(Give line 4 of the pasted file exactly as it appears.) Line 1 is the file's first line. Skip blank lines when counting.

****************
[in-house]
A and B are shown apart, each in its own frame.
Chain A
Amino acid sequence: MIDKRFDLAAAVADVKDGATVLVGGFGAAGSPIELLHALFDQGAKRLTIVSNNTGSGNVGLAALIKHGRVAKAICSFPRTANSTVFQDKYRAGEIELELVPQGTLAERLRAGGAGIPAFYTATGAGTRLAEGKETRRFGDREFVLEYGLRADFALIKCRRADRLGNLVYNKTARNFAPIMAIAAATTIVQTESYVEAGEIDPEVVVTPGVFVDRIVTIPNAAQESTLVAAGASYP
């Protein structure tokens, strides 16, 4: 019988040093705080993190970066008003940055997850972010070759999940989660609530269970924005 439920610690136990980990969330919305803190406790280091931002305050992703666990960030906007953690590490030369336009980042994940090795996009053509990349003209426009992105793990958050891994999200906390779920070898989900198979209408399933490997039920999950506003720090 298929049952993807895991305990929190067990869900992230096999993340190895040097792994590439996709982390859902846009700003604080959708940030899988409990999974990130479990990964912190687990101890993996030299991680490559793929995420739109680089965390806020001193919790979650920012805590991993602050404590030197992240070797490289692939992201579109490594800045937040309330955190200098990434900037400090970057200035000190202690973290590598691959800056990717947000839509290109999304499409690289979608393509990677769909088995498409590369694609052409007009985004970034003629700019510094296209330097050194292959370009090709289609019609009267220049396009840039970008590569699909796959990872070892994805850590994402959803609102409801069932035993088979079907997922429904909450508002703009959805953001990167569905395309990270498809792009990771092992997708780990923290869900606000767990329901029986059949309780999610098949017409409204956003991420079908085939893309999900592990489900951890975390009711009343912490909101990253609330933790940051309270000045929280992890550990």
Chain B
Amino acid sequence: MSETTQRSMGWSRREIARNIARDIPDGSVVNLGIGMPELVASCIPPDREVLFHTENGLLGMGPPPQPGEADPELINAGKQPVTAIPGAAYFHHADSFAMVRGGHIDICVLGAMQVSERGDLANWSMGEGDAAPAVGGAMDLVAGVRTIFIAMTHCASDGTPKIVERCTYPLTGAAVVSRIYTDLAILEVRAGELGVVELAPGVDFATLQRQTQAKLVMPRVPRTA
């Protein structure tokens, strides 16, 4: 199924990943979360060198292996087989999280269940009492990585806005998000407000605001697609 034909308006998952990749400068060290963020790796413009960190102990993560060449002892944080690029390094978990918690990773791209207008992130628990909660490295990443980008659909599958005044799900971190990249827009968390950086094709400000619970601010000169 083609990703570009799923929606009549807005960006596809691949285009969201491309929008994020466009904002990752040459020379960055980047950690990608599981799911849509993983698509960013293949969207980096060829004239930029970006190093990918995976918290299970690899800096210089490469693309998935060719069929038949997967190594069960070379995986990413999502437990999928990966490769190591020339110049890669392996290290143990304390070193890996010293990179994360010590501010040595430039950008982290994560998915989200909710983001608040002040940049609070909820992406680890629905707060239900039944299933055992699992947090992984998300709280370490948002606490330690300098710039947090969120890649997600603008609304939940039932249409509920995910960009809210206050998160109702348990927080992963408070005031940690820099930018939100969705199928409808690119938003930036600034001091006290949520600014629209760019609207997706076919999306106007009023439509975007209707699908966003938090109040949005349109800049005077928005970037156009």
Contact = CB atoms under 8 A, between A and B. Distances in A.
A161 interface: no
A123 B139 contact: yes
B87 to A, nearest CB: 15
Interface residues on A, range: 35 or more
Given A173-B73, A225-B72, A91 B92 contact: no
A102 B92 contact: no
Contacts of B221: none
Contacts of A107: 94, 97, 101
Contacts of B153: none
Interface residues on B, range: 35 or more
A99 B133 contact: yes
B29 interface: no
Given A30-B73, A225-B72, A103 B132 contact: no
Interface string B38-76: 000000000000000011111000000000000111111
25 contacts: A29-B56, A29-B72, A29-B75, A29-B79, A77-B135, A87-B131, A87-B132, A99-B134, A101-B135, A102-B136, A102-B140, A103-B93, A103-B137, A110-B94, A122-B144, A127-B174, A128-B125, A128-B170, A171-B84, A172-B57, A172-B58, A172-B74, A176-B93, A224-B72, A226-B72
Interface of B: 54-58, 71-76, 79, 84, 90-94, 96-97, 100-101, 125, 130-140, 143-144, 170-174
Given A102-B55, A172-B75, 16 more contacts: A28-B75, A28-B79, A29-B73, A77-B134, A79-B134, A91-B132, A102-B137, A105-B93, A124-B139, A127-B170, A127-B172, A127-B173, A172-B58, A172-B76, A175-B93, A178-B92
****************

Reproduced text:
Amino acid sequence: MIDKRFDLAAAVADVKDGATVLVGGFGAAGSPIELLHALFDQGAKRLTIVSNNTGSGNVGLAALIKHGRVAKAICSFPRTANSTVFQDKYRAGEIELELVPQGTLAERLRAGGAGIPAFYTATGAGTRLAEGKETRRFGDREFVLEYGLRADFALIKCRRADRLGNLVYNKTARNFAPIMAIAAATTIVQTESYVEAGEIDPEVVVTPGVFVDRIVTIPNAAQESTLVAAGASYP